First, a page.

Asherah, Syria, 1300 BC
But the bare breast concept of the image was adapted by the people in course of time. The Minoan women were depicted as follows in their art works. This is similar to the degeneration in Mithraism explained in the beginning of the article.
However there also exists another piece of art from Minoan which resembles the way North Indian women wear their sari. Take a look at this picture below.
This is similar to how the North Indian women and particularly Gujarati and Sindhi women drape their sari. The blouse and the jewellery also resemble Indian. The wall hanging in the previous picture of Minoan women (a skirt with blue sari draped on top) also looks very much Indian.
The Indian connection of Minoan is there which I will discuss in a separate article. Here I am showing the connection with Mother Goddess concept of the Hindu Thought.
The 2nd image of Mother Goddess is that of KAtyayani that has connection with snakes,. This image holds a noose in the form of a snake and wears a breast band made of snakes. She is mounted on lion and is dressed in lion skin.
This is the most common image found in India and is in sync with Indus depictions. This deity is particularly known for removing marriage- hurdles and in getting a happy married life. The worship of this deity starting from the Full moon of Dec- Jan (Mithra’s birth date in Mithraism) was done by young girls during Krishna’s times. The Indus tablets could well be the images of Katyayani worshiped by womenfolk of those days.
Ishtar with lion could also be a derivation of KAtyayani, as she is supposed to have granted the wishes – ishta means wish or desire in Sanskrit.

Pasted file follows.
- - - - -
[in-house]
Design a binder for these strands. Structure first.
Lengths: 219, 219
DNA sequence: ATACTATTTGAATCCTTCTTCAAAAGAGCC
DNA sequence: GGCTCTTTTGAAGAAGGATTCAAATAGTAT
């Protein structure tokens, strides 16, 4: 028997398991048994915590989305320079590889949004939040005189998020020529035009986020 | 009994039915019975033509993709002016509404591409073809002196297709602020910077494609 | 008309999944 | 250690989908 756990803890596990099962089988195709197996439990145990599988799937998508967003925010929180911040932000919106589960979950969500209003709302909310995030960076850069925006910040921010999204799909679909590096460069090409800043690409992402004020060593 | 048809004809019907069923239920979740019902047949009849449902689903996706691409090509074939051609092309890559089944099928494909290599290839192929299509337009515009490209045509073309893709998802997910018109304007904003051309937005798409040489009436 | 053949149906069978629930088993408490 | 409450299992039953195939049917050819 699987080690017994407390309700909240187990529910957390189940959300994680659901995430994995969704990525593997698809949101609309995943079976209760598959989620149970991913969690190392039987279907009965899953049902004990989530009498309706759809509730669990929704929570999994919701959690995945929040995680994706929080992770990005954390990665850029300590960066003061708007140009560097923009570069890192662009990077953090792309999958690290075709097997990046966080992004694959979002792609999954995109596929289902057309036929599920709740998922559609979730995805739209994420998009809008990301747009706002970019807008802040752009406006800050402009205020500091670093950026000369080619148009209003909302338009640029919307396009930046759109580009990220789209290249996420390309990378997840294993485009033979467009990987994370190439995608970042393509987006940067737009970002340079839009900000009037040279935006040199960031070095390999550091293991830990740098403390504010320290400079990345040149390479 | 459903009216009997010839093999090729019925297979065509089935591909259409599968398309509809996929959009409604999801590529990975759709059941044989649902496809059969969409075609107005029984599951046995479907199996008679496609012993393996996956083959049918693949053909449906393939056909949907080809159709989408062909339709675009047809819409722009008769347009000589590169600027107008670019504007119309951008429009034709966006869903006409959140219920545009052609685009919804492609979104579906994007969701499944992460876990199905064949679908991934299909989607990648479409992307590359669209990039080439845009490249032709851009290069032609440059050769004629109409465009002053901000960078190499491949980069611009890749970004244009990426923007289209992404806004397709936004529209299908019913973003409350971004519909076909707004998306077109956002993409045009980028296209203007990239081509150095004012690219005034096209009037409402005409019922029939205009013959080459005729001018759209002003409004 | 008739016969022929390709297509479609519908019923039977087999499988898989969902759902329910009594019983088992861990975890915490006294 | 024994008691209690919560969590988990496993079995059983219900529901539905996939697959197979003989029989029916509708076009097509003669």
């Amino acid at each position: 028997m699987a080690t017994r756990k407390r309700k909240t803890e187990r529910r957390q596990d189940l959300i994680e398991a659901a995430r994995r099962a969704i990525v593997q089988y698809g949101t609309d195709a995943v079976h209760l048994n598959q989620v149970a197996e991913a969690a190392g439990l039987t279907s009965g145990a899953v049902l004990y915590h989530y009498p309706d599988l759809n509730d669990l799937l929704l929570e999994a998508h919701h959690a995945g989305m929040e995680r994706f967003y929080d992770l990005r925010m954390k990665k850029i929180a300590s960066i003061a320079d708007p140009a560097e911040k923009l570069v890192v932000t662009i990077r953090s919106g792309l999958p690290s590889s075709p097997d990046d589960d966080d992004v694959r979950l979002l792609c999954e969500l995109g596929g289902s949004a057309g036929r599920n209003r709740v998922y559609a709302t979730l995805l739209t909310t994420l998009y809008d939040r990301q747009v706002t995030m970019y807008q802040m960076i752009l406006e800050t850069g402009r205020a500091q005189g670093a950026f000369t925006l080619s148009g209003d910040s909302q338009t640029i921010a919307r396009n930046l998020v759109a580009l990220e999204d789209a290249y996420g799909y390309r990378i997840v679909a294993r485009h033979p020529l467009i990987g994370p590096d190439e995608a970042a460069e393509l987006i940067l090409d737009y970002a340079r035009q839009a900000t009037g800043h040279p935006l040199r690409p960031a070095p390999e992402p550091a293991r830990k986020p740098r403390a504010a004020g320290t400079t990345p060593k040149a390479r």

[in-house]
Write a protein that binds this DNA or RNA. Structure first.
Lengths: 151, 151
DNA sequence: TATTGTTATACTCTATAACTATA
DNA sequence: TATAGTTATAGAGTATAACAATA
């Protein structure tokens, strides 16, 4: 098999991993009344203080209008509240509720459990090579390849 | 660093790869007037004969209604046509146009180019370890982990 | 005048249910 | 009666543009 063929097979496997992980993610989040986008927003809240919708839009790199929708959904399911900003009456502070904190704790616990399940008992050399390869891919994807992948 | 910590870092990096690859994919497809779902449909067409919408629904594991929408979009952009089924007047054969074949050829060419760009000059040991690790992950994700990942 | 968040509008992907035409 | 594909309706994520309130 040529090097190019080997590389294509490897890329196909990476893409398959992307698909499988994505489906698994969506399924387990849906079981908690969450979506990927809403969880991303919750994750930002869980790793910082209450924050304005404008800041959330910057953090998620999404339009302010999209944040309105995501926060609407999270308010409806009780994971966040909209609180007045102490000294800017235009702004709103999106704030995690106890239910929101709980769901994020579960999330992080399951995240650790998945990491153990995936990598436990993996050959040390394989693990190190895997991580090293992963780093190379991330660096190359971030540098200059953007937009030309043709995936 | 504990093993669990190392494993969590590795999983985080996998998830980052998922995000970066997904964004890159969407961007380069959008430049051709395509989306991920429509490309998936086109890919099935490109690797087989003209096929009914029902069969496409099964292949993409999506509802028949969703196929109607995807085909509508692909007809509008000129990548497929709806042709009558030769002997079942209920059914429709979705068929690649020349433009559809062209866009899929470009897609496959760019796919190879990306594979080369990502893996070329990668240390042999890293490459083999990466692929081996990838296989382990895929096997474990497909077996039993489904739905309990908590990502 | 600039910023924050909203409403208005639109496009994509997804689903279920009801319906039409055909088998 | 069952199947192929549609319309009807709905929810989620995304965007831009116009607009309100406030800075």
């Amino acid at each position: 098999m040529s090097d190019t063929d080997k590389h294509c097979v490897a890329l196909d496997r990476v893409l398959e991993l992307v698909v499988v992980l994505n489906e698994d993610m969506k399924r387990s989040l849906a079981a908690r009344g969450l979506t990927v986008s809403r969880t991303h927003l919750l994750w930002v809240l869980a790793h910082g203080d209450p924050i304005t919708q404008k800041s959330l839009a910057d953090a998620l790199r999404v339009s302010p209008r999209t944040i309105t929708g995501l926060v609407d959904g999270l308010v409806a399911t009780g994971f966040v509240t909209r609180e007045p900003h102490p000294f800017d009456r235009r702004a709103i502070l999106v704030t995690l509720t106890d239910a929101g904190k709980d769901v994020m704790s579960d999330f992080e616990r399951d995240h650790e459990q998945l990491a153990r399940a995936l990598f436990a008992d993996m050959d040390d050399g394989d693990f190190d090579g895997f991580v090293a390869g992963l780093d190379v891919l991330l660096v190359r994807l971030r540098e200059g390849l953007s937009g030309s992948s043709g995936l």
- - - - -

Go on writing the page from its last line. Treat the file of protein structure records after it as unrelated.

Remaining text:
There is another type of Mother Goddess principle called as the Sapta Mata – the seven mothers. According to Mayamatham, they are BrAhmi, MAheshwari, KaumAri, Vaishnavi, vArAhi, IndrAni and kAli.
Each one of them had a symbolism and a related paraphernalia. Kali was described earlier. Among them Kaumari or Kumari holds the key to the antiquity of Mother Goddess worship. Mayamatham describes her as having a cock and spear and mounted on a peacock. These are the accessories of Lord Skanda, also known as Kumara, the son of Shiva and Parvathi. The literary tradition of the olden Tamil sangam (sunken) lands is that all these three once lived there. This makes Kumari of Sapta Mata as the mother of Kumara or Skanda. She is none other than Shakthi or Parvathi, the female consort of Shiva. The location of Kumari was in the Indian Ocean. After it was submerged, her image has been consecrated at the tip of South India (at Kanya kumari) facing the ocean where she once had her abode. People from different parts of India went to this place to worship Kumari. Kumari was worshiped for release from the sin of adultery. The Tamil epic Manimegalai contains a reference to a woman from Varanasi who went to Kumari and worshiped her as a propitiation for the adultery committed by her.
By the location of Kumari in the South Seas, it is deduced that she and all her coterie in the Sapta mata group must have existed in the lands that are now submerged in the Indian Ocean. These seven mothers must have been the earliest group of Mother Goddesses, which however got separated in course of time and worshiped as separate entities nowadays. There are of course olden temples, with Sapta Mata and even Ashta mata (8 mothers). Mayamatham says that Sapta Mata must be consecrated at a great distance from the village.
The Indus tablet of seven women seems to be about the Sapta Matas.